NORTH CAROLINA The Mason Official Publication of The Grand Lodge of Ancient, Free and Accepted Masons of North Carolina Volume 138 Number 3 Oxford, North Carolina May/June 2013 John Moore brings back your fun By Ric Carter sportsman's broadcast. They are now entering their 20th year on the air. What you may not know is that Moore, born in Hookerton and raised in Farmville, is a Mason. He's a member of Farmville 517 and Jerusalem 95 (his grandfather's lodge). Moore never intended a broadcast career. On his way to a job interview elsewhere more than 40 years ago, he dropped by WNCT's Greenville offices/studio to see a friend. When the station manager learned Moore had a First Class Radio License, he was invited into the office for a chat. He's been broadcasting on radio and television ever since. "I was lucky. I went through AM radio when it was the Boss Format. That was the last great format in radio. I came through the days of pioneering FM radio when you needed a converter [to pick up the stations]." John also worked local television. While working on Carolina Today, WNCT-TV's see SOCK HOP, page 4 Ric Car ter photos GREENVILLE — "Border to border, coast to coast, and all around the world, we finally made it to Friday night! It's the "Sock Hop" on WNCT!" booms from your speaker. If you're hearing that, it's Friday evening, 6:00 o'clock (ET), and you're listening to someone you regard as a friend, John Moore the host of one of North Carolina's most popular radio shows. Regulars from all over the country tune in by radio and the Internet each week. It's comfort food for the ears. In a time when radio dissects its audiences into smaller and smaller constituencies, the Sock Hop aims broad. Moore says, "[Our music is] all '50s and '60s with an emphasis on '62 plus. We have an amazing mix of listeners. We have one of the biggest concentrations of black audience outside urban music stations." If you're not a child of the 1960s who loves music, you may know John instead from "Carolina Outdoor Journal." He and Joe Albea cohost North Carolina Public Television's premier Farmville 517's John Moore is at home in the studio, be it WNCT's radio studios (above) spinning tunes on "Sock Hop" or talking fishing in WUNC-TV's sound stages (left) with Joe Albea on "Carolina Sportsman's Journal." Tennessee's GL marks 200 years Knoxville — Once upon a time, North Carolina extended all the way to the Mississippi River. Then, after the American Revolution, the part from the mountains to the Mississippi was broken off to form the Tennessee Territory. Our Grand Lodge had already chartered a number of lodges in the territory. From 1803 to 1813, we operated under the name Grand Lodge of North Carolina and Tennessee. By 1813, there were enough lodges operating in Tennessee to sustain a grand lodge of their own. Our Grand Lodge passed a resolution regarding forming such a grand lodge to our west. Some say we chartered them. Others say we gave them our blessing to form their own grand lodge by convention. The effect was the same — the Grand Lodge of Tennessee was formed in 1813. They are celebrating their bicentennial through 2013. Earlier this year, Grand Master Dewey Preslar and a contingent of representatives from North Carolina visited Knoxville to present a special gift. Raleigh calligrapher Don King did a special commission, hand lettering and decorating a copy of the resolution first delivered to the Volunteer State. — Ric Carter Designs Grand Lodge awards grants RALEIGH — The Grand Lodge awarded eight scholarships this year. The $1,000 scholarships go to North Carolina high school seniors who are college bound. This year's recipients are Brianna N. Russo, David W. Butler High, Matthews; Whitney L. O'Quinn, Lee Christian School, Sanford; Brian P. Rishe, Weddington High, Matthews; Diana Perez, Ocracoke High, Ocracoke; Katherine M. Starnes, South Rowan High, China Grove; Jacob M. Simpson, Surry Early College High, Dobson; Sierra N. Garrison, North Buncombe High, Weaverville; and Ronnie L. Tackett, Lincolnton High, Lincolnton. If you know a graduating senior who could use some college help, applications for the scholarship are posted on the Grand Lodge website early each year. They are usually due in mid-March. upon our trestle board Own and deliver your Masonry By Dewey R. Preslar Jr. Grand Master Brethren, I speak often about the advice which I received from a past grand master about having fun this year. I am having the time of my life, but it is not without a few bumps in the road well-traveled. We have had a busy month in May. Our first Fun Day at Camp Rainbow was well attended, even though it was a cool and damp day. At Oxford, we celebrated with our seven graduating seniors at a special dinner, and dedicated the last of the seven cottages built some twelve years ago. Our 100-year celebration continued at WhiteStone with a recent Family Day in Greensboro. We completed the twenty-six district meetings on May 15 at my home lodge in Salisbury, Andrew Jackson 576. Also, from my viewpoint, it appears that the Pig Jig in Raleigh was well attended and a huge success. It has been a wonderful journey across this beautiful state of ours, meeting and making new friends, and celebrating our Masonry. I can't claim that I have traveled from Murphy to Manteo, as the old saying goes, but I can lay claim from Robbinsville to Elizabeth City. I again thank the lodges that hosted the district meetings and the courtesies extended to me. During my conversations, I have been talking about the wages that I am being paid as grand master. Let me explain what I mean by that. I recently visited with a Brother who was very ill. There was a concern that he didn't have much time left, so my visit was to be a surprise. When he heard my voice at his back door, he called out, "Let the grand master in." I spent about an hour and a half with our Brother, which was most enjoyable as we talked about our love and passion for our fraternity. I share this with you as I received the best thank you note I have ever received. He couldn't believe that the grand master could take time out of his busy schedule and spend so much time with him. Brethren, I was reminded how we are taught to divide our time. I just wish that I could have stayed longer. He ended up in a nursing home, and I had the opportunity to visit with him once again. Our Brother has since passed to that House not made by hands, but I will forever cherish his kindness and note. My friends, my wages have been paid in full by this Brother. Our Brother's kindness is only one of the many examples of how our wages are being paid. The number of children in our care at Oxford is the highest that it has been in recent years. We continue to provide for our fraternally-related Brothers and Sisters at WhiteStone, and I understand that our fundraising efforts have increased to support our charities. Thanks to all individuals and lodges who have worked harder this year to cause this to happen. Let's keep this going to become even bigger and better each year. At the district meetings, we talked about reversing the trend of loss in membership. We lost some 1,130 members for nonpayment of dues last year. If we could have cut that number in half, we would have had a net gain in 2012. That would have been an example of causing an extraordinary outcome in our work. Another example: twenty percent of our new initiates were not passed to the Fellow Craft degree. Just imagine the outcome that could have been produced with an improvement in these numbers. Brethren, we also talked at the district meetings about the need to enroll and engage others in our cause to produce an extraordinary outcome in our Masonry. We talked about the need to cause and inspire passion. Yes, here I go again… are we drawing plans upon our trestle boards to produce an extraordinary outcome for our beloved fraternity? How are our fundraising efforts going for our charities in your lodge, and are we doing it for the fellowship? Are we inspiring and causing passion in our work, and are our wages being paid in full? Lastly, are we all "owning and delivering our Masonry?"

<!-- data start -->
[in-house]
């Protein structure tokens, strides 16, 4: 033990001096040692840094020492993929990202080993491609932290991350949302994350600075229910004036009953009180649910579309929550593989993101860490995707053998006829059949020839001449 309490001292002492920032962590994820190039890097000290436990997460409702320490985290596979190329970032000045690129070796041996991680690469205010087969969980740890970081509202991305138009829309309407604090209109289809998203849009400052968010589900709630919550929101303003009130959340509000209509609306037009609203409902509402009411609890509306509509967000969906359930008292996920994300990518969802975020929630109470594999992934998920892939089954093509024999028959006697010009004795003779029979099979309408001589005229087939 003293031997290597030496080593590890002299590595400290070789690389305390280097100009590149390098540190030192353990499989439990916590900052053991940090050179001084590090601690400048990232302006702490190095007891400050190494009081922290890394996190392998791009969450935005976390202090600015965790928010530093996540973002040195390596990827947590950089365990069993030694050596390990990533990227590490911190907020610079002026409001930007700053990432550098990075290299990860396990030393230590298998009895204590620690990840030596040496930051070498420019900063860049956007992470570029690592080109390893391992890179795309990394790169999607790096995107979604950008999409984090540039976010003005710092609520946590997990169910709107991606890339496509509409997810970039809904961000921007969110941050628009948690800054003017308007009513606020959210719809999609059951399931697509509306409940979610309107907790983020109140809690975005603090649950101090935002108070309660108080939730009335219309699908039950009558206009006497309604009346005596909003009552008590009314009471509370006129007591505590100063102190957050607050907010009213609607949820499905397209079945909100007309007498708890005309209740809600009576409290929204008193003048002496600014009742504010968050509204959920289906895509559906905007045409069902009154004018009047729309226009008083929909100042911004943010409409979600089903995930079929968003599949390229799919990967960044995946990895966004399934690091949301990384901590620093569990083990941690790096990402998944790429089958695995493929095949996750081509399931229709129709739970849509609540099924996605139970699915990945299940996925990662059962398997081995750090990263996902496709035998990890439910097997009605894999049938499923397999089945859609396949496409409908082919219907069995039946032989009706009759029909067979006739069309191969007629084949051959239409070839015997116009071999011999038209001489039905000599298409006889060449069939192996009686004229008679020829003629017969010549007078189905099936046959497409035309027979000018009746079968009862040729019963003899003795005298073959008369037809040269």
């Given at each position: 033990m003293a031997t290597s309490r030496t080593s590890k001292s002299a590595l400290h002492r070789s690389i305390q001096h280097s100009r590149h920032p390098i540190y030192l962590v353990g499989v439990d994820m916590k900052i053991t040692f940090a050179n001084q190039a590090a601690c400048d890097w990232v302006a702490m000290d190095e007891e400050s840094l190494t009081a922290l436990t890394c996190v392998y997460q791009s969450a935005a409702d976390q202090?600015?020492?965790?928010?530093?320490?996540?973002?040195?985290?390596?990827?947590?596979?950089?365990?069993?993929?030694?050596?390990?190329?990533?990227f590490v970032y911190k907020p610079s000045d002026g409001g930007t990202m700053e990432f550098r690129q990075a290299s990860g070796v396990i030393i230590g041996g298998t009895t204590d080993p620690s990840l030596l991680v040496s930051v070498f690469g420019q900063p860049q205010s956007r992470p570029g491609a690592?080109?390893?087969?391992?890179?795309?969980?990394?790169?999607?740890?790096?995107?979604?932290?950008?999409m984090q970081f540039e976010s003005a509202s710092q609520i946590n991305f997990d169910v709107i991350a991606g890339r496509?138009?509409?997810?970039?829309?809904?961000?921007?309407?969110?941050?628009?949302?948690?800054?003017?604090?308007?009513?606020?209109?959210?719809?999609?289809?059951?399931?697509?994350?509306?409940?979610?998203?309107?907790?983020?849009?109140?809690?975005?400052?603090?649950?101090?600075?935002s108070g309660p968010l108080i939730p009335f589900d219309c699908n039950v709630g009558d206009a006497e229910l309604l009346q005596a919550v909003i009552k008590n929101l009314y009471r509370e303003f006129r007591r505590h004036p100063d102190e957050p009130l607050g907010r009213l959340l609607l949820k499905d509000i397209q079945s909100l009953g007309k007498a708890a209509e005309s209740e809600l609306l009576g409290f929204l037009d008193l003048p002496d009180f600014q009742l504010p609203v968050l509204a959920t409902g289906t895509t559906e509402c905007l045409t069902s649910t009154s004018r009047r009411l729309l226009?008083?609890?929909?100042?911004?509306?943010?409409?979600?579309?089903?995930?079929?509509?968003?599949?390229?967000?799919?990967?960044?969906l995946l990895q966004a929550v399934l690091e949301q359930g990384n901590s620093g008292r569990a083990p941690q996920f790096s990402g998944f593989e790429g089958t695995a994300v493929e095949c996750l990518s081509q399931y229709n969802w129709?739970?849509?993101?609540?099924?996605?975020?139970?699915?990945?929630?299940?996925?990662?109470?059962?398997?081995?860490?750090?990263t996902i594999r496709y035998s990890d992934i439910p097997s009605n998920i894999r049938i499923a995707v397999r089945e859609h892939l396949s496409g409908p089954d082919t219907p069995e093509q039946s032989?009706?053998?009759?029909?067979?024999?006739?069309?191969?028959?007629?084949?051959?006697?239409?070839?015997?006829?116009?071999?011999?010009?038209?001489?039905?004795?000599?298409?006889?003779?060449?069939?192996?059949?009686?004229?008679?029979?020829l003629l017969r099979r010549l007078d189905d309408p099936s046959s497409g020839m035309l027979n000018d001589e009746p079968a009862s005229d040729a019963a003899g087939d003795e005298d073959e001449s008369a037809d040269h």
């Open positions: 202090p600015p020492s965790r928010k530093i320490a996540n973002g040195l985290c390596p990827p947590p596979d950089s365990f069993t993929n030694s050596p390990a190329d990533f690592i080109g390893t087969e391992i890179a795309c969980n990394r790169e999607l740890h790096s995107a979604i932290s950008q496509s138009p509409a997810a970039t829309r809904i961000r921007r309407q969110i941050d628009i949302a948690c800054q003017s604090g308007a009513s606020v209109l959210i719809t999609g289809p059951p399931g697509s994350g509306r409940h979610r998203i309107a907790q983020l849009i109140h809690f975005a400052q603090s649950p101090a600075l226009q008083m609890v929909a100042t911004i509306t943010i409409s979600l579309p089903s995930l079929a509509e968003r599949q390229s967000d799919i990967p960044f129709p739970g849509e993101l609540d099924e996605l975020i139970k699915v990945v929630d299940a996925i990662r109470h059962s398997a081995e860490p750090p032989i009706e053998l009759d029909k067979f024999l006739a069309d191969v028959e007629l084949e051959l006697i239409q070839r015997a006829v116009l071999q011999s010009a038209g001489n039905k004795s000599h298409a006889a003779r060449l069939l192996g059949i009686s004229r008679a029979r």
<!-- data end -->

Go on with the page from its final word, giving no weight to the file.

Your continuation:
Articles in this issue

Archives of this issue

view archives of The North Carolina Mason - May/June 2013